Rick Burin’s review published on Letterboxd :
Ayn Rand’s book, The Fountainhead, is absolutely fascinating: a strident, remarkable, often ridiculous crowdpleaser that lays out her philosophy of ‘objectivism’, in which self-interest is the driving force of progress. This film adaptation is also fascinating, though not in the same way. When I heard about it, my fear is that it would lose the ideological imperative in translation, but actually the opposite is true: only the ideology remains intact, characters just yelling political slogans in one another’s faces for two hours. When you realise that Rand adapted the book herself, and essentially took over the direction from King Vidor, that makes more sense. Even so, you’d think that a cinephile like Rand, who saw up to 200 movies a year in the cinema, might have learned how to write one.
Gary Cooper is simply miscast as architect Howard Roark: in the book, a gaunt, upright, red-headed, ferociously dedicated, single-minded force of nature who lives only to create, and eschews compromise, populism and personal ties in his pursuit of greatness. Cooper trials to dial down his ‘aww shucks’ charm and his inherent nobility, but there’s nothing in its place: his Roark seems slow-witted, shambling and lacking the enormous creative dynamism that typifies the character. Kent Smith is also spectacularly wrong as the banal but beautiful Peter Keating, playing the ethereal, ringleted fraud as a sort of desperate, sweaty jock gone to seed, while Ellsworth Toohey, the piece’s seductive socialist straw man, chrome-domed Robert Douglas has a few witty one-liners, but is a simple two-faced villain rather than the insidious reptile of the page. Rounding out the tone-deaf silliness is Henry Hull, whose rapidly receding Henry Cameron is among the worst of his many bad appearances in 1940s film.
There are two quite good turns, though: a disorientating, pained performance from Patricia Neal as Dominique Francon – whose storyline poignantly and uncomfortably mirrors her real-life adoration of Cooper – and Raymond Massey’s imposing turn as self-made newspaper baron Gail Wynand, eventually stirred to start a public crusade he actually believes in, by the persecution of the film’s hero.
I don’t really mind that the film is camp and overblown to the point of hysteria. Even when junking much of the book’s first half and stretching the last quarter across the second hour, there is way too much plot and almost no credible dialogue, but that’s part of its batshit appeal. Instead, what I found most damaging was that it missed surely the greatest opportunity of all, which was to realise on screen the buildings that Rand could only write about. In true Roark style, Frank Lloyd Wright (the inspiration for his character) asked for $400,000 to draft the designs – a tenth of the budget. Baulking at the idea, Warner just did the best they could, producing results that Rand described as “horrible” and which architectural critics pointed out would be unable to remain standing for longer than a few seconds. By contrast, the gothic and renaissance reproductions are supposed to be revolting, but because they’re such cartoonish parodies, the exercise seems utterly fraudulent.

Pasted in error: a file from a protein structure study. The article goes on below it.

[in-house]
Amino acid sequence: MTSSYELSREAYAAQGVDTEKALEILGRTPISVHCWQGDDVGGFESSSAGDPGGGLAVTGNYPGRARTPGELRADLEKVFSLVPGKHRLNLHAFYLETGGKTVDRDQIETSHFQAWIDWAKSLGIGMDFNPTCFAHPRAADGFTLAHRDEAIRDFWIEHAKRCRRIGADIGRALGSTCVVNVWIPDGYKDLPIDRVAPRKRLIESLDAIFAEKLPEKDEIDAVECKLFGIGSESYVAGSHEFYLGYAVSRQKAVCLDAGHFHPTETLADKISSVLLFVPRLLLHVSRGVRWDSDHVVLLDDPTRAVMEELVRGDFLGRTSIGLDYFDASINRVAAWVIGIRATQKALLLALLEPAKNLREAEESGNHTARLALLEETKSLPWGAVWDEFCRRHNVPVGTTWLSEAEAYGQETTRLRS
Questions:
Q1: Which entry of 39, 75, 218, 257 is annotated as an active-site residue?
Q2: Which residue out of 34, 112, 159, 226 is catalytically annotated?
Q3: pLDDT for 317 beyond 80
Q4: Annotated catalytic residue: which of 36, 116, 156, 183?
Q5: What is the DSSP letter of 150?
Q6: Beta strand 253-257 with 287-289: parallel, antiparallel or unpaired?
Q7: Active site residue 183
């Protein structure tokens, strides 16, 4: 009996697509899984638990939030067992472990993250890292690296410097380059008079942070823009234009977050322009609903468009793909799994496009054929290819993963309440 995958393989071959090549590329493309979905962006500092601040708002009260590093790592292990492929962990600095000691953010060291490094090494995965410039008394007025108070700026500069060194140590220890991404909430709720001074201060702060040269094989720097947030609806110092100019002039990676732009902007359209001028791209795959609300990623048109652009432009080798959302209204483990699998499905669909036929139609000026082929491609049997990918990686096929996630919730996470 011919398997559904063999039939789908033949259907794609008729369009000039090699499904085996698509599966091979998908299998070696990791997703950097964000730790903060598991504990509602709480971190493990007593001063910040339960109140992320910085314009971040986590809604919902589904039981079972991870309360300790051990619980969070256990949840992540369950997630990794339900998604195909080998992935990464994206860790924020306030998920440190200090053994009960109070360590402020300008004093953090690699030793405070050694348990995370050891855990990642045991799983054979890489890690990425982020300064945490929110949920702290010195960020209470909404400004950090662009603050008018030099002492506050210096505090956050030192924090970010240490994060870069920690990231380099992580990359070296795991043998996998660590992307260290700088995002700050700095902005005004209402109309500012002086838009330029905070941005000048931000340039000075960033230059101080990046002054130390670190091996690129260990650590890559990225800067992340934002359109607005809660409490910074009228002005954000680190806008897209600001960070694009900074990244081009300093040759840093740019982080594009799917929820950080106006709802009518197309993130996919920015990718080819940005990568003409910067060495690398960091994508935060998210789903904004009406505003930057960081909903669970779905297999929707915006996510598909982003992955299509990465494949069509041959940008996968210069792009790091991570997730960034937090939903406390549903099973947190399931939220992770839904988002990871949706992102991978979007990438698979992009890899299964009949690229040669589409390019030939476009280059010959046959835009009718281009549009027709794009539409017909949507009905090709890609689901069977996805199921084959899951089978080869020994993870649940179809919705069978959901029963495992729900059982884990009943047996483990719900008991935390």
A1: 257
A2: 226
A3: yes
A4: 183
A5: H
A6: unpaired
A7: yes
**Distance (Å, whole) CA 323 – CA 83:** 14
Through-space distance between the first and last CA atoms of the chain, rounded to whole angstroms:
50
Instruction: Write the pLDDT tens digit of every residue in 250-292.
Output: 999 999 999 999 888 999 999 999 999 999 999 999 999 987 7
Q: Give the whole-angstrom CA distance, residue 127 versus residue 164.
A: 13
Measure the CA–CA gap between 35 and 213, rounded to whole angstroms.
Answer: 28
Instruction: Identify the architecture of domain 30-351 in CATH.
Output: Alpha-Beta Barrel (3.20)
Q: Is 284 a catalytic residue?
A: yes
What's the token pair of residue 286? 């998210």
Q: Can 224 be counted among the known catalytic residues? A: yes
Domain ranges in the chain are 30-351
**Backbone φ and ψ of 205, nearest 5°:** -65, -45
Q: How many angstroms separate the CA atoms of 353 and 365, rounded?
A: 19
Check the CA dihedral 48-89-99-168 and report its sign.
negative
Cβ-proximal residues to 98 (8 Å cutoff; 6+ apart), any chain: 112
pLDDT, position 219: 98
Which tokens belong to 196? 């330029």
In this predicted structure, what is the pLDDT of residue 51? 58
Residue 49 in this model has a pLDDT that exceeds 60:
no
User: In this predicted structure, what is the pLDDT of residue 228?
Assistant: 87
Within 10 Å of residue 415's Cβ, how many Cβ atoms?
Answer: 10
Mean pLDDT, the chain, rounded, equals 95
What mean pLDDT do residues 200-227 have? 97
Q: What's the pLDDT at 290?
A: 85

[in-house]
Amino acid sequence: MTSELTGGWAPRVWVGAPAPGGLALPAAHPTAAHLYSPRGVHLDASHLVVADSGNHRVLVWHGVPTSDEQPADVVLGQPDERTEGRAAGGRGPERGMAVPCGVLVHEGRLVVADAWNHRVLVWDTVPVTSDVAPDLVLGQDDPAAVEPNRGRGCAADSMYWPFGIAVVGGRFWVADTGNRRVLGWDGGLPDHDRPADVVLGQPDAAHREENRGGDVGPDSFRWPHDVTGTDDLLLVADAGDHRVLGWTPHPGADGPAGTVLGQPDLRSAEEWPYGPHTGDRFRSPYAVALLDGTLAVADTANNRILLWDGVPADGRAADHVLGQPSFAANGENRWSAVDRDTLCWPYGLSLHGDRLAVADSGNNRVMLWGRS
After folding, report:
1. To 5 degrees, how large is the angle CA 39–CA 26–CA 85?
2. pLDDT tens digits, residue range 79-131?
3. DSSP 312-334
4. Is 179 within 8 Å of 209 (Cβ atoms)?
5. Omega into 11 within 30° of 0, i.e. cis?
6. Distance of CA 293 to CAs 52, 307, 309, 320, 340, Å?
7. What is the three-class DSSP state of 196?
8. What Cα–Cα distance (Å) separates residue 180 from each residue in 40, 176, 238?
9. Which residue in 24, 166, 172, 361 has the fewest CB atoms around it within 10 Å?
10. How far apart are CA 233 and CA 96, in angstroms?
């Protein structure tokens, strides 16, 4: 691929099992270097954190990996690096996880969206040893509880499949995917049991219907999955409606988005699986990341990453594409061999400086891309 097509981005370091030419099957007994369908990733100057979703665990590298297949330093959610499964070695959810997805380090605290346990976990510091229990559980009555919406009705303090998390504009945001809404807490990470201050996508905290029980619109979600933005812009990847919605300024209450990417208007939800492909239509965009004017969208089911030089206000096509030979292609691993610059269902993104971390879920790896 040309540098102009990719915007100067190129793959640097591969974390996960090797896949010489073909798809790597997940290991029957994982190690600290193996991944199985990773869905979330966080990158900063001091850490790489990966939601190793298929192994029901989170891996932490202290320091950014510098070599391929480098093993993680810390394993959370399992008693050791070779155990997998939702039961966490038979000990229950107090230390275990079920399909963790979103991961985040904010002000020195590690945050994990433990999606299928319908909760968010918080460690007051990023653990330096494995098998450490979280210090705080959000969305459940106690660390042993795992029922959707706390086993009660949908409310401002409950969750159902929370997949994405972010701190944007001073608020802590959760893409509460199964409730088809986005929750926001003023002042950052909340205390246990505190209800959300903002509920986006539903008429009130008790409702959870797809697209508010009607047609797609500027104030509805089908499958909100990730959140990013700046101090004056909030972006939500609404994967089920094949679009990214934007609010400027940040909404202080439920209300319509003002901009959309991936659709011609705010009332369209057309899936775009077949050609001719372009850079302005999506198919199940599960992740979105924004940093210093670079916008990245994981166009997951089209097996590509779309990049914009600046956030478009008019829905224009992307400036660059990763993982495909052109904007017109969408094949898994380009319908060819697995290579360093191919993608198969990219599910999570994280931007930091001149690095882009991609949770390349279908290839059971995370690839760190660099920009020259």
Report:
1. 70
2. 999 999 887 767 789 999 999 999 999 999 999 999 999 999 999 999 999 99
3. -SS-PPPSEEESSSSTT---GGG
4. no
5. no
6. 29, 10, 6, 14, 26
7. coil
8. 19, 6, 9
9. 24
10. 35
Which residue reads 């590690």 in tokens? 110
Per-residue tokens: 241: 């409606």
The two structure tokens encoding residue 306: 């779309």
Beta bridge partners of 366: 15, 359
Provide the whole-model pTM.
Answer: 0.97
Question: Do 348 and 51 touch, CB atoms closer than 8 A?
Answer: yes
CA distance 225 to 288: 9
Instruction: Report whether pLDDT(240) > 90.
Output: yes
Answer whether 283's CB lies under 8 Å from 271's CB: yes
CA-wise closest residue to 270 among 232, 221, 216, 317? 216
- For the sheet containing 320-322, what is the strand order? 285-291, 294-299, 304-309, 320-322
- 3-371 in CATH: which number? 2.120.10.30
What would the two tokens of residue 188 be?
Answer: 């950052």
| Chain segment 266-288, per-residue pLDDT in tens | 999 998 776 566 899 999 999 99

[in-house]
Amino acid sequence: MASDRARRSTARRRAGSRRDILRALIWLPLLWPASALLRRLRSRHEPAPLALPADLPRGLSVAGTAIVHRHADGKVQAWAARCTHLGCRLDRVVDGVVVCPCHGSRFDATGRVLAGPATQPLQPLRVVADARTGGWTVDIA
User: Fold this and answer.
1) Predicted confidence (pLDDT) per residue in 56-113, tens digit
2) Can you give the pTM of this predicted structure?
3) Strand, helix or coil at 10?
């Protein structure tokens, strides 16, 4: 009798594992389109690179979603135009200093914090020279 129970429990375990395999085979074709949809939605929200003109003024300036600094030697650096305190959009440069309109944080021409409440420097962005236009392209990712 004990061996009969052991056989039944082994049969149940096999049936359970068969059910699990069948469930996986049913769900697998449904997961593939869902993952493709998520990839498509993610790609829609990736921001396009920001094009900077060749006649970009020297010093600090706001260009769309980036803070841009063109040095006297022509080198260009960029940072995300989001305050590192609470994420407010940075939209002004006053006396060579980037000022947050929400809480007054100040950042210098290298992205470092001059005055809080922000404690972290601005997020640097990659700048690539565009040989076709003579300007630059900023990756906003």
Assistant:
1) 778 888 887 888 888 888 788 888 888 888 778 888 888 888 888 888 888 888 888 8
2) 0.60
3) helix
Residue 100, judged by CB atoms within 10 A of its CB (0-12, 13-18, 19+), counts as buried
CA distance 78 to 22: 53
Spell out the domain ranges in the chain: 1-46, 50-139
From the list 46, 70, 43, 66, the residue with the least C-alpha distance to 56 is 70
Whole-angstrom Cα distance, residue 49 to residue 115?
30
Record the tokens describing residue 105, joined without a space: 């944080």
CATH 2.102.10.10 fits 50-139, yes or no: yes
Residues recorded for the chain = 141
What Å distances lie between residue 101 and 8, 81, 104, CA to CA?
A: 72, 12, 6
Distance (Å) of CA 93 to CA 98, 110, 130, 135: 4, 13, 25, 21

I find it fascinating – and a little terrifying – that in the HUAC era you had a man like King Vidor working on The Fountainhead. By 1949, he was a member – with Rand and Cooper – of the MPA, the red-hunting organisation that facilitated the Hollywood blacklist. Just 15 years earlier, he had directed unquestionably the most radical Hollywood film of its decade, Our Daily Bread, which despite featuring the ‘man of destiny’ not uncommon in his oeuvre, was also explicitly and proudly pro-communist. Even then, the film was considered too controversial for a major studio to handle, so he produced it independently and released it through United Artists.
To see Vidor, of all people, directing a hymn to individualism, a film with such vitriolic contempt for solidarity, empathy or even basic human decency, is absolutely shocking. At times, I found myself genuinely astonished at how sinister and terrifying The Fountainhead is, especially as an example of mass market entertainment. That it was bankrolled by Warner Bros, the socially-conscious studio responsible for the likes of Wild Boys of the Road, Heroes for Sale and I Am a Fugitive From a Chain Gang tells you basically everything you need to know about late-‘40s Hollywood.
It isn’t, by any criteria, a good film, but it is a compelling social document, with a few minor artistic virtues: Neal’s performance, some avant-garde framing and set design, and a stunning final shot of sheer, jaw-dropping fascism. By contrast, the book it’s based upon is a genuinely important artistic and political statement, however repellent and ridiculous it may be.
Incidentally: halfway through the film, a guy in front grabbed the bloke next to me by his shirt and threatened to punch him in the face if he didn't stop kicking his chair. Typical Ayn Rand crowd.